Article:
A Plague Too Pondered

November 10, 2008
These were the times that truely tested her maturity and good charecter. The sun perched upon the horizon in a mix of highlighter yellow and pink, the furry hood of her winter coat casting a long shadow behind her as she organized her thoughts and ideas intertwined in her head. At times it seemed like when she found her emotional balance, there was always that disease that plagued her body in a matter of a few minutes and always managed to mock the idea of "Everything is going to be okay."

That plague, that infestation that held her back from self-actualization can be defined as death- the permanent conclusion to one's life as natural as the change of the autumn weather, an art that blanks out a being so another could survive, to send a soul to be graced by the Almighty Holy Trinity, a realization that everyone needs to truely visualize the big picture, a final destination that is achieved naturally or unnaturally painful by the unacceptors. Yes, a deceitful and conniving uncle that visits her emotional abode many times in her life that she must learn to befriend in order to keep her sanity and a psychological balance as she grew into a woman; more accurately, as she grew into a child.

To live her childhood would be living among the innocent and nieve theories of "If I wish problems away, it will never have existed." She stared in the eyes of grief and sorrow at the age of 5, helplessly watching it eat at her heart before she knew how to stop it. What was worse was how she put the zeal and excitement for starting school on hold to harness the unsupported idea that her life would be so much better if this wouldn't have happened. She felt inadequate to her classmates who told stories about their time spent with their daddies. With all those feelings spinning in her head, she buried them way deep down somewhere never ever to see them again. "Those feelings are bad," she told herself, "and I don't want to make mommy sad or be a bad girl."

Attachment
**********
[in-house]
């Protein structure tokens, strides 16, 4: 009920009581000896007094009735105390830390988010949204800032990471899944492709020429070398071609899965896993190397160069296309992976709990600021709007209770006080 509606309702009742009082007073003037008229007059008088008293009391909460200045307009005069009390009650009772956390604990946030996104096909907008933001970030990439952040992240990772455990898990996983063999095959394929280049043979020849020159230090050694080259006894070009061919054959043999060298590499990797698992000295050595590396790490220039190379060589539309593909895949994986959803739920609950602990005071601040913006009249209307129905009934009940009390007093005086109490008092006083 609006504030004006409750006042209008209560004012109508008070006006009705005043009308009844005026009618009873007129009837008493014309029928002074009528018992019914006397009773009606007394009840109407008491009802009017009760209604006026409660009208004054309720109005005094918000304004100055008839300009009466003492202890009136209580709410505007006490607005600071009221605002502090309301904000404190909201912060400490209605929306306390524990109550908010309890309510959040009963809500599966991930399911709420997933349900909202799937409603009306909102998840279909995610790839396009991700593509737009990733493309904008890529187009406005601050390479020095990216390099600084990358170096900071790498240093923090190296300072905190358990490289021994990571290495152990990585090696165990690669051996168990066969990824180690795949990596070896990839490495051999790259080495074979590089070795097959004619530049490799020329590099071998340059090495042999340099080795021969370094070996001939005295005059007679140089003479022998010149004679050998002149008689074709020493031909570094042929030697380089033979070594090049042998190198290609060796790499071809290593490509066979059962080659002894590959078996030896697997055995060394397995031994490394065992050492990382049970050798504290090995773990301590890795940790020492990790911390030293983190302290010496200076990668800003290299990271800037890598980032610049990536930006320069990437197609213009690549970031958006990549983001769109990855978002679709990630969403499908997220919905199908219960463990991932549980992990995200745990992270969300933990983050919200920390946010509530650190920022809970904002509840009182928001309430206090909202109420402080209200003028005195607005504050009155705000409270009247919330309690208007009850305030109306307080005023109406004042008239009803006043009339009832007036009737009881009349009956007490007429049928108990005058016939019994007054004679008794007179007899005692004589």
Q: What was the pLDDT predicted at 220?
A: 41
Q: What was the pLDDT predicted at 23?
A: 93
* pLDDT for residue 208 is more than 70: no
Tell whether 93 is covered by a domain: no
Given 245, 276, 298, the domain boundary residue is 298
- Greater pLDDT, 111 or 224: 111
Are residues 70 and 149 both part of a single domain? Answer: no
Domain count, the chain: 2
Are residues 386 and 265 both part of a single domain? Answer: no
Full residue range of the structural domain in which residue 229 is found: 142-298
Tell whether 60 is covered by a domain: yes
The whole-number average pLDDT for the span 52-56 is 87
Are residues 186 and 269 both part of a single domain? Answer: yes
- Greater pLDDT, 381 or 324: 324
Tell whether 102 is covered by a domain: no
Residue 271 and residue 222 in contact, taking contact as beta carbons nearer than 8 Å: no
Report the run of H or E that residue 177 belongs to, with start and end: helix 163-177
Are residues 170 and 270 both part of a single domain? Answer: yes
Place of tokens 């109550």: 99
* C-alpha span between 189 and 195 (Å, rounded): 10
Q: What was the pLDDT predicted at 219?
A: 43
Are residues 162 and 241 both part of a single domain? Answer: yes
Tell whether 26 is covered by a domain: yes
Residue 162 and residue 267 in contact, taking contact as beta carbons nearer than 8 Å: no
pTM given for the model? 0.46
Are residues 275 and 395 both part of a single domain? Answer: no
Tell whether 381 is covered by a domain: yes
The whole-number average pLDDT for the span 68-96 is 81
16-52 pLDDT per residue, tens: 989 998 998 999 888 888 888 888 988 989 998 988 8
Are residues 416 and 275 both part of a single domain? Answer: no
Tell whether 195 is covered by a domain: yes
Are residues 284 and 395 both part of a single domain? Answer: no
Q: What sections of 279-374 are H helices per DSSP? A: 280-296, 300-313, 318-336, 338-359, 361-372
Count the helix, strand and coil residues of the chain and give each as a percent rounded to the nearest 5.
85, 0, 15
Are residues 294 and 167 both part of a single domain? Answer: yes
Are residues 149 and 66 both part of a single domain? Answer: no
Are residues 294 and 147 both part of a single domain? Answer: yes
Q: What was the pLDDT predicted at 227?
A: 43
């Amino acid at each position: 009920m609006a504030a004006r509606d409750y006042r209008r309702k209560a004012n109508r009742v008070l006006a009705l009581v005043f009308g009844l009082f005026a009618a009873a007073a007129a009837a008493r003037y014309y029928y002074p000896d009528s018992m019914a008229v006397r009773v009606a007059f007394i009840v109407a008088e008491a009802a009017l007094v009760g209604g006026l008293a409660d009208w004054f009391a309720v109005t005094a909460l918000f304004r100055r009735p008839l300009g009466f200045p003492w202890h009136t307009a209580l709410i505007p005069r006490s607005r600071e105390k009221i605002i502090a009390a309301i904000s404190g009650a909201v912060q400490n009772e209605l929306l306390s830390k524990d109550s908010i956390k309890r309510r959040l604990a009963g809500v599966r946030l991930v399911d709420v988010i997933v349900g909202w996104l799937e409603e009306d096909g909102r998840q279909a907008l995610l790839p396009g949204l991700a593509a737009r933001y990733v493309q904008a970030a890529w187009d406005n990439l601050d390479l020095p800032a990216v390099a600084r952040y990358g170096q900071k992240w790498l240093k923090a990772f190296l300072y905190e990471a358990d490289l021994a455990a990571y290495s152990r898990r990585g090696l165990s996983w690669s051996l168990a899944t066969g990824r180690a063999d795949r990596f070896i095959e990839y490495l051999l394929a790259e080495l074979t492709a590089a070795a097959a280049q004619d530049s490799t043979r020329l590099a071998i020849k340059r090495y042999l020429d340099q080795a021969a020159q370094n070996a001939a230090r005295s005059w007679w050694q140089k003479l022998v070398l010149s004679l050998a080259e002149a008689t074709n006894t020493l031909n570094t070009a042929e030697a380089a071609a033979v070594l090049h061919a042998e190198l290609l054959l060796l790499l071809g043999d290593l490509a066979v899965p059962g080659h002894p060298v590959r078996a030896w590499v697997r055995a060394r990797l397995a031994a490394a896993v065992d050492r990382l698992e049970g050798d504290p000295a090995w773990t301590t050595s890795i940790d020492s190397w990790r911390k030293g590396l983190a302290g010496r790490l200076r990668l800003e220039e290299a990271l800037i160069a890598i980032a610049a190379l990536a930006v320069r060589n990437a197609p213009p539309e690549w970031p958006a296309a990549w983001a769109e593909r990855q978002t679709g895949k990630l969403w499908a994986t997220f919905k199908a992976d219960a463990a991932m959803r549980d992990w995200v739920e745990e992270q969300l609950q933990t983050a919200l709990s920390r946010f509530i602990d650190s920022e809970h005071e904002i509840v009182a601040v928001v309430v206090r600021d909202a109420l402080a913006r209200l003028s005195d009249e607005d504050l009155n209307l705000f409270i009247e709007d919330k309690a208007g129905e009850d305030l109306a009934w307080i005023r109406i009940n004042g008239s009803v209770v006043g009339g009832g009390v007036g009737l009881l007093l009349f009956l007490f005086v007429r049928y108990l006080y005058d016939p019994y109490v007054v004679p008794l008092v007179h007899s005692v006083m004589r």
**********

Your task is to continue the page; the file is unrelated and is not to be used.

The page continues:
Those thoughts were born from the accident, her huge solid-foundation loving father and caregiver killed in a semi-truck accident.

And that's exactly what it was- an accident. His death was accidental, for he was not killed on purpose by another man- then his death would be caused by hate. He was not consumed by disease- then his death would have given notice. His death was accidental, soothing in the fact that it was not caused by hate but painful in the fact that it had not given notice, if that could make sense. It was a balanced mix of neither.

Of course, the tone of her life was whatever she made it to be. Twelve years later she would find solace not only in prayer but a whole different perspective on this to find success and peace of mind. Her thoughts and self image directed the thunderstorms of thinking rain upon her personality and social being. Living a different perspective strengthened her charecter during these times, where eventually she would blossom into a beautiful and happy young woman with a full life ahead of her.

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